August 18, 2015

How to Make Kombucha, Kefir, Kvass - Plus a Workshop!

It is so very nice and warm here in Southern Maine this week. This is my summer sweet spot - super hot out, enough to make the chilly ocean water bearable for a quick dip. 

You know what else loves this hot weather? The microbes that power fermentation! I'm teaching a workshop on fermented beverages at Whole Foods in Portland this Thursday night (sign up here - only $20!) and so I've started a bunch of fermented projects to have as samples in the class. 

I started with kombucha - my favorite fermented beverages (ok, ok, aside from beer - I should say my favorite N/A fermented bev). The only tricky part of making your own kombucha is getting the starter or SCOBY. 

Supplies for growing your own kombucha SCOBY

Since I didn't know anyone who had SCOBY to spare (now I do - they tend to come out of the woodwork when you start talking about fermenting), I had to try to grow my own. I simply brewed one cup of organic, black tea, added two tablespoons of sugar, and a 16 oz. bottle of unflavored, raw kombucha. I used GT's, but the local Urban Farm Fermentory's stuff is probably fresher and less processed. 

Kombucha SCOBY. My apologies. 

The SCOBY seems to love the heat - after four days, there's a thickening layer of, well, gelatinous goo forming on top of the liquid. Kombucha is not for the faint of heart, frankly. 

After about a week, I can transfer my homegrown SCOBY into a new batch of sweet tea with a little more kombucha (to help kick off the fermentation - a process called back slopping) and let it ferment. After a week to ten days, I'll have a big batch of kombucha, ready for flavoring or drinking as is. Buying bottled kombucha can be an expensive habit, but fortunately making your own is crazy inexpensive. 

Kombucha is kinda mainstream these days. Hardcore fermenters are into kefir or even kvass. You may have seen dairy kefir at the grocery store - a commercial product frequently loaded with added sugar and sold as a smoothie-like product. The real stuff is extremely tangy and not very sweet, like yogurt on steroids.

Water kefir - grains are visible in the bottom of the jar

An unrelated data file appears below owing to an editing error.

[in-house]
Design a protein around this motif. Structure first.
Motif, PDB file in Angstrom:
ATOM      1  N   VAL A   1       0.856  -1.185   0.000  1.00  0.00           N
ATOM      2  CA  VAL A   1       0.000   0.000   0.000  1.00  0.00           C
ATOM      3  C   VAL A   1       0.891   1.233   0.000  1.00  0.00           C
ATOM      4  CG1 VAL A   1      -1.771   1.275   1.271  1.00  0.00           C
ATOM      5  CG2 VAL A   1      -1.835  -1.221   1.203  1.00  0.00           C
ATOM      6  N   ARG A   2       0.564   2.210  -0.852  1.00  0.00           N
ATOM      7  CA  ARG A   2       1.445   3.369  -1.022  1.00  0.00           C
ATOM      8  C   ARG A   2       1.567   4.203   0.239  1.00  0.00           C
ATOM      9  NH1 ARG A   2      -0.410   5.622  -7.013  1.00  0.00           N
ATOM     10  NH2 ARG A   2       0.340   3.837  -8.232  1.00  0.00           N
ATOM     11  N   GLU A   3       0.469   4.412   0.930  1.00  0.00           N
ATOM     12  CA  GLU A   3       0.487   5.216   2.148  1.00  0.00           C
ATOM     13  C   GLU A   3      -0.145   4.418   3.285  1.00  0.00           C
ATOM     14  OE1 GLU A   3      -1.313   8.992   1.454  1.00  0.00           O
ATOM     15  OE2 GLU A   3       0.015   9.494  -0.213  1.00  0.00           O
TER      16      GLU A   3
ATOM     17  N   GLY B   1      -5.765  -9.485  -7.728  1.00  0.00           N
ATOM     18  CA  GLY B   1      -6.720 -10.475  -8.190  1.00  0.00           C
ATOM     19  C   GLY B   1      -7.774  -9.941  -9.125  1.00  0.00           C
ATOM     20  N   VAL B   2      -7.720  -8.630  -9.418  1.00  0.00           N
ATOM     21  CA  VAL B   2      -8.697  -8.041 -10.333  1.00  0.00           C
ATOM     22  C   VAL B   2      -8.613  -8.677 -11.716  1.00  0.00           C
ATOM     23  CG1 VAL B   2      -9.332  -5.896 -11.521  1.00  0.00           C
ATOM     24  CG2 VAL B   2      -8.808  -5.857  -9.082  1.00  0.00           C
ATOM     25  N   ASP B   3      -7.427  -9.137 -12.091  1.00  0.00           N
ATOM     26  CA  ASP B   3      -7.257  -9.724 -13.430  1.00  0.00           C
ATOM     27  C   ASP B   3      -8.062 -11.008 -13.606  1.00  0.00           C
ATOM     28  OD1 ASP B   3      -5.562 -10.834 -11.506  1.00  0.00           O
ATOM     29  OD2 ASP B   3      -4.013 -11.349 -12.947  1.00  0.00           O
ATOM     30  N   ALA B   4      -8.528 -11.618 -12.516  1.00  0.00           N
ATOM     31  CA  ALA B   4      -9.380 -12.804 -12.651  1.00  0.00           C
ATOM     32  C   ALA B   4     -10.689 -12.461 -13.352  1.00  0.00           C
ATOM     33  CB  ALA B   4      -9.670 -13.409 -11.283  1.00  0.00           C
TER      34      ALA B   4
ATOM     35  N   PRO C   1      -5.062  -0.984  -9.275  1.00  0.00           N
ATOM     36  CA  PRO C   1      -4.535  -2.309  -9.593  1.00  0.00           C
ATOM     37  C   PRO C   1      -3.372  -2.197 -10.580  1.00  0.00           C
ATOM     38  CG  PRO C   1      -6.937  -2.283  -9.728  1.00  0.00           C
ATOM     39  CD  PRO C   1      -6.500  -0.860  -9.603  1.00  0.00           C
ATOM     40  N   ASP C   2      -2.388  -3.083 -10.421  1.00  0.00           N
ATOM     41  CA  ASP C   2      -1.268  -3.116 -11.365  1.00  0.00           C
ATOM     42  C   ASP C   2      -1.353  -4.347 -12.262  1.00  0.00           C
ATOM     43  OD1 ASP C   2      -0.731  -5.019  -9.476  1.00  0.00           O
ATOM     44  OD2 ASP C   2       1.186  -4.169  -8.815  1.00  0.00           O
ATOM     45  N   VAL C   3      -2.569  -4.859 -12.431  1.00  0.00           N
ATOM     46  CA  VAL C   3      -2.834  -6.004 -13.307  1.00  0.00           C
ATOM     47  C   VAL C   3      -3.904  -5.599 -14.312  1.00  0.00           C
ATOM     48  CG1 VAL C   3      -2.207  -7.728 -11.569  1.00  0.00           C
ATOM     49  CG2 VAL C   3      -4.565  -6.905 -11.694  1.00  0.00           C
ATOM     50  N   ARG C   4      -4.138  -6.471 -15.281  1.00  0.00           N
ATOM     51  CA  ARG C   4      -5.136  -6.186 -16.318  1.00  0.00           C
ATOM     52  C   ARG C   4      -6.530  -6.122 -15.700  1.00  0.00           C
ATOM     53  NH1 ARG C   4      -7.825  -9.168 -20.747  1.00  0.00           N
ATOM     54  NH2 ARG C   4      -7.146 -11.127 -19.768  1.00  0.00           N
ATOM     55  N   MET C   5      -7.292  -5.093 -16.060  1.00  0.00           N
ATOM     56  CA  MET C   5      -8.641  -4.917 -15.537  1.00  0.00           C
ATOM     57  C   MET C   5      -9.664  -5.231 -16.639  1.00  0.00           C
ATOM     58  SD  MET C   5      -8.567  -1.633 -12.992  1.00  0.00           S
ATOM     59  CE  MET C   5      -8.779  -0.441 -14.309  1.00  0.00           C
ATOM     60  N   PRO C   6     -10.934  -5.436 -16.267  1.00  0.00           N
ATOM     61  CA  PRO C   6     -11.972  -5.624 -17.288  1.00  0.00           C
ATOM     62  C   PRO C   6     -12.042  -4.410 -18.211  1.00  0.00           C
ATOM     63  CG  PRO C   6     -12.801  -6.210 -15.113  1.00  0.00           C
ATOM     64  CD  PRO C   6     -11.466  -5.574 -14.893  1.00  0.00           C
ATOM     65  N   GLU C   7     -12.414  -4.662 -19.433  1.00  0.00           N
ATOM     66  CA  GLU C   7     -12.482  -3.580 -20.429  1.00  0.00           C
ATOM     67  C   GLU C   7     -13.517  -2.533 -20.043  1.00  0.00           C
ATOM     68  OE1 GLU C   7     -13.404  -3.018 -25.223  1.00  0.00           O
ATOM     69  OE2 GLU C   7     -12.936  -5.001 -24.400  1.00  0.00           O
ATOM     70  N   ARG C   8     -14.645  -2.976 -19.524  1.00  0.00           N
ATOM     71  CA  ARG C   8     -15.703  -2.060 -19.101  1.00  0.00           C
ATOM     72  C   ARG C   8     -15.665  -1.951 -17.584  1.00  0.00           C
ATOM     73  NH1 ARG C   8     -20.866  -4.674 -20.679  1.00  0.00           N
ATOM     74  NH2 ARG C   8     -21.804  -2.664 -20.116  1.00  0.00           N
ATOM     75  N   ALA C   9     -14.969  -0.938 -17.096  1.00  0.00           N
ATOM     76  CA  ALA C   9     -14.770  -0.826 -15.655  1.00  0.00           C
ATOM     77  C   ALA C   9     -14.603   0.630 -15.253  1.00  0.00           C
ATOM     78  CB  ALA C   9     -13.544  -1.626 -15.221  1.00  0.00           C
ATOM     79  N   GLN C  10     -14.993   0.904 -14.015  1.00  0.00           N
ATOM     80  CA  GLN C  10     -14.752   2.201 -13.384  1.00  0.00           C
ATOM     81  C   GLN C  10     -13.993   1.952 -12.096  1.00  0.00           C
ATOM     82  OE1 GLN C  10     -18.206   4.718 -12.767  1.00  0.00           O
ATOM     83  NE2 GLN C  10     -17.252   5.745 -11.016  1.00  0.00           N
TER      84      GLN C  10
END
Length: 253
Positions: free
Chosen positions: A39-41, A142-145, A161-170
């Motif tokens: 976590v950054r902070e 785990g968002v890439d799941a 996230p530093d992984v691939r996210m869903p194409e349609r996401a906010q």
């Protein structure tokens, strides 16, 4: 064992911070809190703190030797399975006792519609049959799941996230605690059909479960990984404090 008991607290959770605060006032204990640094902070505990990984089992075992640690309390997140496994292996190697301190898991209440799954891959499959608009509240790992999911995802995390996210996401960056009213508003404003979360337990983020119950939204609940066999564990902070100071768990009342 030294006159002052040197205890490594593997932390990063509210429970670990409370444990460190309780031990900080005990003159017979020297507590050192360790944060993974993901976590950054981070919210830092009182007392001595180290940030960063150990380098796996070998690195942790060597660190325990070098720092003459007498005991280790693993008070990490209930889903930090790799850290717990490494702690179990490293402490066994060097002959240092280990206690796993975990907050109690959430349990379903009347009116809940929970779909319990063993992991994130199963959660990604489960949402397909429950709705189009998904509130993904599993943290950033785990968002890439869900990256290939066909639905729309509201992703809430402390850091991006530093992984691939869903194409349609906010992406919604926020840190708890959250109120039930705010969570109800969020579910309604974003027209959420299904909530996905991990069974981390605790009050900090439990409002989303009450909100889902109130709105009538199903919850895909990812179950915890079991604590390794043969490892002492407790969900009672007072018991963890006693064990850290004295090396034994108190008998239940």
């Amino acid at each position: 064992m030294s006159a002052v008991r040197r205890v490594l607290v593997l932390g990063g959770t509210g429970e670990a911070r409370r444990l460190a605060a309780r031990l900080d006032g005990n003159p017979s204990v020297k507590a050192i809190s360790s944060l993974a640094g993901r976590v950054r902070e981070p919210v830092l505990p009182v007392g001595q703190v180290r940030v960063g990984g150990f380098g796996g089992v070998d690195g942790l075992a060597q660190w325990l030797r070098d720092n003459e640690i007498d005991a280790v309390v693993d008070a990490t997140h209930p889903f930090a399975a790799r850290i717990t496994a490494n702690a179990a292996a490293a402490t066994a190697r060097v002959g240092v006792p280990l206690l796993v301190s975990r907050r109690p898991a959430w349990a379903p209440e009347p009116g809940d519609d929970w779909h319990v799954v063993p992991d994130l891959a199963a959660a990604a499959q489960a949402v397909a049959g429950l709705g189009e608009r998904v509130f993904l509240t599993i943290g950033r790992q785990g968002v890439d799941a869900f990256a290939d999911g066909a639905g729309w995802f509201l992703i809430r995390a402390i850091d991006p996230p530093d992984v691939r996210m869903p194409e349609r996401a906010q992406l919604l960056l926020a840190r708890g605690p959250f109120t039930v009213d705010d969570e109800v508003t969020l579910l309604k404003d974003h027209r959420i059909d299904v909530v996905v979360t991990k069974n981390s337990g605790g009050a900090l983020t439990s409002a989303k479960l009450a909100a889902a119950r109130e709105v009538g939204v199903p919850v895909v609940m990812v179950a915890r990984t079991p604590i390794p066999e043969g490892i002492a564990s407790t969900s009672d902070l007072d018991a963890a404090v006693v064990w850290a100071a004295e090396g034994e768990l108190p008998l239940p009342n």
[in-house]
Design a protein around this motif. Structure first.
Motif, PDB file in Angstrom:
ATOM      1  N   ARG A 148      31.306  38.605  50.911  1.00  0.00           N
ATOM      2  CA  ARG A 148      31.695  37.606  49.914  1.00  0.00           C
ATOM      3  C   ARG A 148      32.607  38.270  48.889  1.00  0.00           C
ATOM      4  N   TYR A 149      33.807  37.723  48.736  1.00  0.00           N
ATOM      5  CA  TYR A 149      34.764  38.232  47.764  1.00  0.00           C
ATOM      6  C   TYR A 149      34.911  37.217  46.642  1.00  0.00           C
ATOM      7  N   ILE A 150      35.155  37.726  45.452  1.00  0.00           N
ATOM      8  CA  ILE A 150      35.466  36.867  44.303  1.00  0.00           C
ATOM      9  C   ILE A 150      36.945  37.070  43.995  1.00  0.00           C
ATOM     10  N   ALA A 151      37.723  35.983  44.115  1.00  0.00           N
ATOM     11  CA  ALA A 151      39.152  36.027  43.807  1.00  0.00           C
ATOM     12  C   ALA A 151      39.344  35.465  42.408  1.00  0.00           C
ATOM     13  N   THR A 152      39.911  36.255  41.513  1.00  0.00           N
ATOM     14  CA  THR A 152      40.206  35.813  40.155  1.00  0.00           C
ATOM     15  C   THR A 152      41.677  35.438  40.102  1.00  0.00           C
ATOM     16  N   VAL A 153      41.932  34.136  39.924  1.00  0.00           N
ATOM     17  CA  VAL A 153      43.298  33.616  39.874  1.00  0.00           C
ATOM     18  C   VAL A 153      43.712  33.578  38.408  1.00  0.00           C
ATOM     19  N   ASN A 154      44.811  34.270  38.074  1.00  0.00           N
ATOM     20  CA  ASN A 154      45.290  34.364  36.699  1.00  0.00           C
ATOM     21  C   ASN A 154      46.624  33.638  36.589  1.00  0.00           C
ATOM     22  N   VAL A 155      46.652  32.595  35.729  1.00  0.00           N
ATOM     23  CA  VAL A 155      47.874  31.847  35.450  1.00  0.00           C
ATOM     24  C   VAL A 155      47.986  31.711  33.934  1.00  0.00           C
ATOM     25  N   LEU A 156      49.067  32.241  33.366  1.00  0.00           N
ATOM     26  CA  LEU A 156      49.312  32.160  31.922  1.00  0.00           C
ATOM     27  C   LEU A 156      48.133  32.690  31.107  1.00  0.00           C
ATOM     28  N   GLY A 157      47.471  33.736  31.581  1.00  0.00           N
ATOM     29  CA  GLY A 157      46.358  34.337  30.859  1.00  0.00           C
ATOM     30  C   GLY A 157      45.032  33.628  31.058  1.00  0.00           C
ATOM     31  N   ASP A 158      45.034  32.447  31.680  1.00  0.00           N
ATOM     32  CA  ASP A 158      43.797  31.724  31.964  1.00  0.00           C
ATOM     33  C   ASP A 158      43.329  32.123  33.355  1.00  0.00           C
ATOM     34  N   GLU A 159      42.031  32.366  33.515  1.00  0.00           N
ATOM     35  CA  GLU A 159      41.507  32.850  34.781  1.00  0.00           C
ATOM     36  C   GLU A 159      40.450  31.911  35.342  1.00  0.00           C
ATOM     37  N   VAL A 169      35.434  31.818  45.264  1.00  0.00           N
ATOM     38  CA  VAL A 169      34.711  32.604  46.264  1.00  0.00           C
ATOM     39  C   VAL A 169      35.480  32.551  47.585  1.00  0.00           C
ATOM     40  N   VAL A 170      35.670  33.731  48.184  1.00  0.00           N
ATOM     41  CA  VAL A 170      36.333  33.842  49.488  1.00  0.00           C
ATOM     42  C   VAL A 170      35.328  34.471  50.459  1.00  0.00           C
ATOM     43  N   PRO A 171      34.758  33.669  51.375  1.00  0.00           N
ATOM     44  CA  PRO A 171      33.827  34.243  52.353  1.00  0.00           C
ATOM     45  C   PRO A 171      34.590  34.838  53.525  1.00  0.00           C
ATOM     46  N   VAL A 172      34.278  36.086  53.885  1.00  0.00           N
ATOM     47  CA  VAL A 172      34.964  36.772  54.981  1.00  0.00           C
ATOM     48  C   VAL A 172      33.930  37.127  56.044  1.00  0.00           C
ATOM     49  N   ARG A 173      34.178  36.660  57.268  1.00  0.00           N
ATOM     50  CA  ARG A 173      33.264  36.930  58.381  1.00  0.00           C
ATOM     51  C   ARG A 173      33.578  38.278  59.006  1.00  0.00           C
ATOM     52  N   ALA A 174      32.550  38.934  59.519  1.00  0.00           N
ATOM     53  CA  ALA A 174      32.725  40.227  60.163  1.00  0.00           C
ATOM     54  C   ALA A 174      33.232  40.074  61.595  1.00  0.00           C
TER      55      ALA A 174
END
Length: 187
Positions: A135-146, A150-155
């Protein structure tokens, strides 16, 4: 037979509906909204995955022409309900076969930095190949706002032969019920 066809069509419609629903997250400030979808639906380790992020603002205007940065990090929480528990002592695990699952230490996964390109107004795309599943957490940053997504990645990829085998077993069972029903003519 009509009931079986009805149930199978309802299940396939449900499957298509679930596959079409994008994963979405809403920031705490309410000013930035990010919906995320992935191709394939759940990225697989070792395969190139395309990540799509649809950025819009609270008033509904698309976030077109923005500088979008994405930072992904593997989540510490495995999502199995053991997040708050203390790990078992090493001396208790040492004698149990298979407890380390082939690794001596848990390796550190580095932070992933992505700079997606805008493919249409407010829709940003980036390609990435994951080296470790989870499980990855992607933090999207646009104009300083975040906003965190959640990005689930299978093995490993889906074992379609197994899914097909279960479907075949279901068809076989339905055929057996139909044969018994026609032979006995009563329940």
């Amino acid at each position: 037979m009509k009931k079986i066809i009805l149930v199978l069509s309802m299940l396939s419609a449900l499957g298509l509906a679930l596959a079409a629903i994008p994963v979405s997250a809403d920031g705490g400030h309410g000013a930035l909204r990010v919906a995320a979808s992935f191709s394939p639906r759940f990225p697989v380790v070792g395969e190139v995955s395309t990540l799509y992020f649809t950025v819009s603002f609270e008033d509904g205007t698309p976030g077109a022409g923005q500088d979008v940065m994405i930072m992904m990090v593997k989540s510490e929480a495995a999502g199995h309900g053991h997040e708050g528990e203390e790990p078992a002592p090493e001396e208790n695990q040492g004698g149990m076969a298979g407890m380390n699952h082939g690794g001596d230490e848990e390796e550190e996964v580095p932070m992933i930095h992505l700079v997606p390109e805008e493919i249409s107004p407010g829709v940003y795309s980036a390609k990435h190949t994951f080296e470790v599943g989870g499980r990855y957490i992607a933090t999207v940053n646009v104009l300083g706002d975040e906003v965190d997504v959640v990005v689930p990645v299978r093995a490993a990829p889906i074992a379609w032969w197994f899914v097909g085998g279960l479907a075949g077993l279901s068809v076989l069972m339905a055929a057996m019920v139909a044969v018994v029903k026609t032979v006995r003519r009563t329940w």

Water kefir (pronounced kuh-FEAR) is different - a fizzy, mildly sweet beverage that I liken to a fermented lemonade. It's delicious, and can easily be made with some sweetened water and the kefir "grains" - a colony of bacteria and yeast. Dairy and water kefir are produced with different types of grains, so make sure you order accordingly. Either way, order the live grains or get some from a friend - I tried to rehydrate dried grains and they never woke back up. 

I ordered live kefir grains and when they arrived, mixed them into some spring water (my tap water is chlorinated and could kill the bacteria and yeast) with some organic, raw sugar. I added one tablespoon of sugar to one cup of water for every tablespoon of grains that I had (so two cups water, two tablespoons of sugar and grains). Kefir is an anaerobic ferment, meaning it needs to go into an airtight container, as it won't work in the presence of oxygen. 

My first batch of water kefir was ready in two days - it's on its second ferment, the one that amplifies the fizz. The grains have gone into a new batch of sweetened water, this time with a knob of ginger, as I'm hoping to liven up the grains' production a bit. (They're often slow to grow after being shipped across the country. Understandable.) It will be ready to drink in another day, and I'll keep in my fridge. 


Beet kvass was by far the easiest of the beverages - it's simply chopped beets in salt water (two large, organic, peeled beets, roughly chopped and stirred into 8 cups of water with 4 tablespoons of sea salt). 

I'd say, like many fermented beverages, kvass is an acquired taste. It's salty and beety. Americans typically don't drink salty beverages, so at first sip, it's like drinking vegetable broth. I hear one's body begins to crave it, but I've yet to push on through to that point yet. You'll have to whip up your own batch to see if you want to hop on the kvass train. 

If you're interested in learning the specifics of these three fermented beverages, join me at Whole Foods in Portland on Thursday at 6pm. Get your ticket at I'm also teaching a fermented vegetable and a quick pickles and refrigerator/freezer jam workshop there in September and October, so stay tuned for those details. 

So far I'm buoyed by my success in the world of homemade fermented beverages. Give it a whirl - none of these projects are very expensive, and if they work, then you have delicious, healthy drinks for these hot summer days!